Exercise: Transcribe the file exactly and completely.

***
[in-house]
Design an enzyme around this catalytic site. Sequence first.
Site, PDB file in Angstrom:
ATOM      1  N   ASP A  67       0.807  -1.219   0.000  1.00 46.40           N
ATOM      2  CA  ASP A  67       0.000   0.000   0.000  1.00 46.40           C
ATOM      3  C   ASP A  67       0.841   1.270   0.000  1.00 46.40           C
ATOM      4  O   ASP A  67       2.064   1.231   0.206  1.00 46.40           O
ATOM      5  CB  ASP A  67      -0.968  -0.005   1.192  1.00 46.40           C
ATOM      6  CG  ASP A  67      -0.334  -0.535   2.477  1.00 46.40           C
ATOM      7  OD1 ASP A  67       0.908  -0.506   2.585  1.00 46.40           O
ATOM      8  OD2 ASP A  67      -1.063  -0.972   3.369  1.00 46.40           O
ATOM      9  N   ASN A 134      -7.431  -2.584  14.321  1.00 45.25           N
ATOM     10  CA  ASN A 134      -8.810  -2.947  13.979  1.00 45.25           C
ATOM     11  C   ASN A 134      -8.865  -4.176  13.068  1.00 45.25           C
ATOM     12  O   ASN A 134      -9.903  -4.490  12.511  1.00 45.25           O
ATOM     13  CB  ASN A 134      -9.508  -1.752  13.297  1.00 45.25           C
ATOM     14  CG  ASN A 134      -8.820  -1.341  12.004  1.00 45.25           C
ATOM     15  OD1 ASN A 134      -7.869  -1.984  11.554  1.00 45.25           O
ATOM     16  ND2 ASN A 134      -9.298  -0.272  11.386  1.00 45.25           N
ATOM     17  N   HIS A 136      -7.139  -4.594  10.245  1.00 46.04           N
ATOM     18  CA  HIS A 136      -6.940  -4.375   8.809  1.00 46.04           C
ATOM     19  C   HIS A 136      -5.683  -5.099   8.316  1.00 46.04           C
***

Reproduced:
[in-house]
Design an enzyme around this catalytic site. Sequence first.
Site, PDB file in Angstrom:
ATOM      1  N   ASP A  67       0.807  -1.219   0.000  1.00 46.40           N
ATOM      2  CA  ASP A  67       0.000   0.000   0.000  1.00 46.40           C
ATOM      3  C   ASP A  67       0.841   1.270   0.000  1.00 46.40           C
ATOM      4  O   ASP A  67       2.064   1.231   0.206  1.00 46.40           O
ATOM      5  CB  ASP A  67      -0.968  -0.005   1.192  1.00 46.40           C
ATOM      6  CG  ASP A  67      -0.334  -0.535   2.477  1.00 46.40           C
ATOM      7  OD1 ASP A  67       0.908  -0.506   2.585  1.00 46.40           O
ATOM      8  OD2 ASP A  67      -1.063  -0.972   3.369  1.00 46.40           O
ATOM      9  N   ASN A 134      -7.431  -2.584  14.321  1.00 45.25           N
ATOM     10  CA  ASN A 134      -8.810  -2.947  13.979  1.00 45.25           C
ATOM     11  C   ASN A 134      -8.865  -4.176  13.068  1.00 45.25           C
ATOM     12  O   ASN A 134      -9.903  -4.490  12.511  1.00 45.25           O
ATOM     13  CB  ASN A 134      -9.508  -1.752  13.297  1.00 45.25           C
ATOM     14  CG  ASN A 134      -8.820  -1.341  12.004  1.00 45.25           C
ATOM     15  OD1 ASN A 134      -7.869  -1.984  11.554  1.00 45.25           O
ATOM     16  ND2 ASN A 134      -9.298  -0.272  11.386  1.00 45.25           N
ATOM     17  N   HIS A 136      -7.139  -4.594  10.245  1.00 46.04           N
ATOM     18  CA  HIS A 136      -6.940  -4.375   8.809  1.00 46.04           C
ATOM     19  C   HIS A 136      -5.683  -5.099   8.316  1.00 46.04           C